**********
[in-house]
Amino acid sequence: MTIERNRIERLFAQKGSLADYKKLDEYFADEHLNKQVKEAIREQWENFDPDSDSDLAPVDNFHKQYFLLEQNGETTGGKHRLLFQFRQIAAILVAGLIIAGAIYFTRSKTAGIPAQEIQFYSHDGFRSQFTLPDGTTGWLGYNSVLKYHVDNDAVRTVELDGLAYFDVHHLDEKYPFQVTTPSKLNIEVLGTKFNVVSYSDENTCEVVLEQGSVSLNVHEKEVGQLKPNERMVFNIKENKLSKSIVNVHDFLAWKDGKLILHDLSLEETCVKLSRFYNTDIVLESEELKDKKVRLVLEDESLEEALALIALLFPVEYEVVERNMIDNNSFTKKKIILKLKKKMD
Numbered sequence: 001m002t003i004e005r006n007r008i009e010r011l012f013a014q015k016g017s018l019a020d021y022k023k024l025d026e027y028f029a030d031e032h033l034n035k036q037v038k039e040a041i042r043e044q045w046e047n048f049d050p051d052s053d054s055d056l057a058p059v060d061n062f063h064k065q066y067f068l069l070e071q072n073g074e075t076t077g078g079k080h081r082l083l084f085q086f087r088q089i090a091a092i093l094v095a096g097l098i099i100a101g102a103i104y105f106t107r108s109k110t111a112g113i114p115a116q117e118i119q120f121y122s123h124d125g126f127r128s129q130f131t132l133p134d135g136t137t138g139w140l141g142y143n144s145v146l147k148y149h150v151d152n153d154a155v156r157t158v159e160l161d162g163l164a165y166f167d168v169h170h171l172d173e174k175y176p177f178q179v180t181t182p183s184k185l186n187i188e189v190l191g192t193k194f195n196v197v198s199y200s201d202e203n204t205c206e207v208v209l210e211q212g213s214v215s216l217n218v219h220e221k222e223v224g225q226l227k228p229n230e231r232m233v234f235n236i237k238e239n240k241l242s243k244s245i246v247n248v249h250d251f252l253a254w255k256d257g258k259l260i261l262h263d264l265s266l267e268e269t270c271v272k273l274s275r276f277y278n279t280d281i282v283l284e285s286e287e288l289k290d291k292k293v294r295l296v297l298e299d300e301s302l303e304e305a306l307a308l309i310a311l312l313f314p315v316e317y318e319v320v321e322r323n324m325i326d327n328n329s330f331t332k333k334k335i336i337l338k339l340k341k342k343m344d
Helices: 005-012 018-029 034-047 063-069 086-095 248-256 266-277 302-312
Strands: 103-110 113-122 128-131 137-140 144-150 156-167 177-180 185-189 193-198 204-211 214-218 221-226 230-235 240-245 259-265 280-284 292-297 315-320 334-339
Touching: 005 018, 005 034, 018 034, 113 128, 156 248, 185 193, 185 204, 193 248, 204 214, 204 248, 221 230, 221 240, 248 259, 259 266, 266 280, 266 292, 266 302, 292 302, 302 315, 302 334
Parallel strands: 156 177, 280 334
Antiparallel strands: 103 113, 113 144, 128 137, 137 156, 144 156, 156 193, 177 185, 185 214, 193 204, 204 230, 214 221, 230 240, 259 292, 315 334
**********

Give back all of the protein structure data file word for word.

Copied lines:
[in-house]
Amino acid sequence: MTIERNRIERLFAQKGSLADYKKLDEYFADEHLNKQVKEAIREQWENFDPDSDSDLAPVDNFHKQYFLLEQNGETTGGKHRLLFQFRQIAAILVAGLIIAGAIYFTRSKTAGIPAQEIQFYSHDGFRSQFTLPDGTTGWLGYNSVLKYHVDNDAVRTVELDGLAYFDVHHLDEKYPFQVTTPSKLNIEVLGTKFNVVSYSDENTCEVVLEQGSVSLNVHEKEVGQLKPNERMVFNIKENKLSKSIVNVHDFLAWKDGKLILHDLSLEETCVKLSRFYNTDIVLESEELKDKKVRLVLEDESLEEALALIALLFPVEYEVVERNMIDNNSFTKKKIILKLKKKMD
Numbered sequence: 001m002t003i004e005r006n007r008i009e010r011l012f013a014q015k016g017s018l019a020d021y022k023k024l025d026e027y028f029a030d031e032h033l034n035k036q037v038k039e040a041i042r043e044q045w046e047n048f049d050p051d052s053d054s055d056l057a058p059v060d061n062f063h064k065q066y067f068l069l070e071q072n073g074e075t076t077g078g079k080h081r082l083l084f085q086f087r088q089i090a091a092i093l094v095a096g097l098i099i100a101g102a103i104y105f106t107r108s109k110t111a112g113i114p115a116q117e118i119q120f121y122s123h124d125g126f127r128s129q130f131t132l133p134d135g136t137t138g139w140l141g142y143n144s145v146l147k148y149h150v151d152n153d154a155v156r157t158v159e160l161d162g163l164a165y166f167d168v169h170h171l172d173e174k175y176p177f178q179v180t181t182p183s184k185l186n187i188e189v190l191g192t193k194f195n196v197v198s199y200s201d202e203n204t205c206e207v208v209l210e211q212g213s214v215s216l217n218v219h220e221k222e223v224g225q226l227k228p229n230e231r232m233v234f235n236i237k238e239n240k241l242s243k244s245i246v247n248v249h250d251f252l253a254w255k256d257g258k259l260i261l262h263d264l265s266l267e268e269t270c271v272k273l274s275r276f277y278n279t280d281i282v283l284e285s286e287e288l289k290d291k292k293v294r295l296v297l298e299d300e301s302l303e304e305a306l307a308l309i310a311l312l313f314p315v316e317y318e319v320v321e322r323n324m325i326d327n328n329s330f331t332k333k334k335i336i337l338k339l340k341k342k343m344d
Helices: 005-012 018-029 034-047 063-069 086-095 248-256 266-277 302-312
Strands: 103-110 113-122 128-131 137-140 144-150 156-167 177-180 185-189 193-198 204-211 214-218 221-226 230-235 240-245 259-265 280-284 292-297 315-320 334-339
Touching: 005 018, 005 034, 018 034, 113 128, 156 248, 185 193, 185 204, 193 248, 204 214, 204 248, 221 230, 221 240, 248 259, 259 266, 266 280, 266 292, 266 302, 292 302, 302 315, 302 334
Parallel strands: 156 177, 280 334
Antiparallel strands: 103 113, 113 144, 128 137, 137 156, 144 156, 156 193, 177 185, 185 214, 193 204, 204 230, 214 221, 230 240, 259 292, 315 334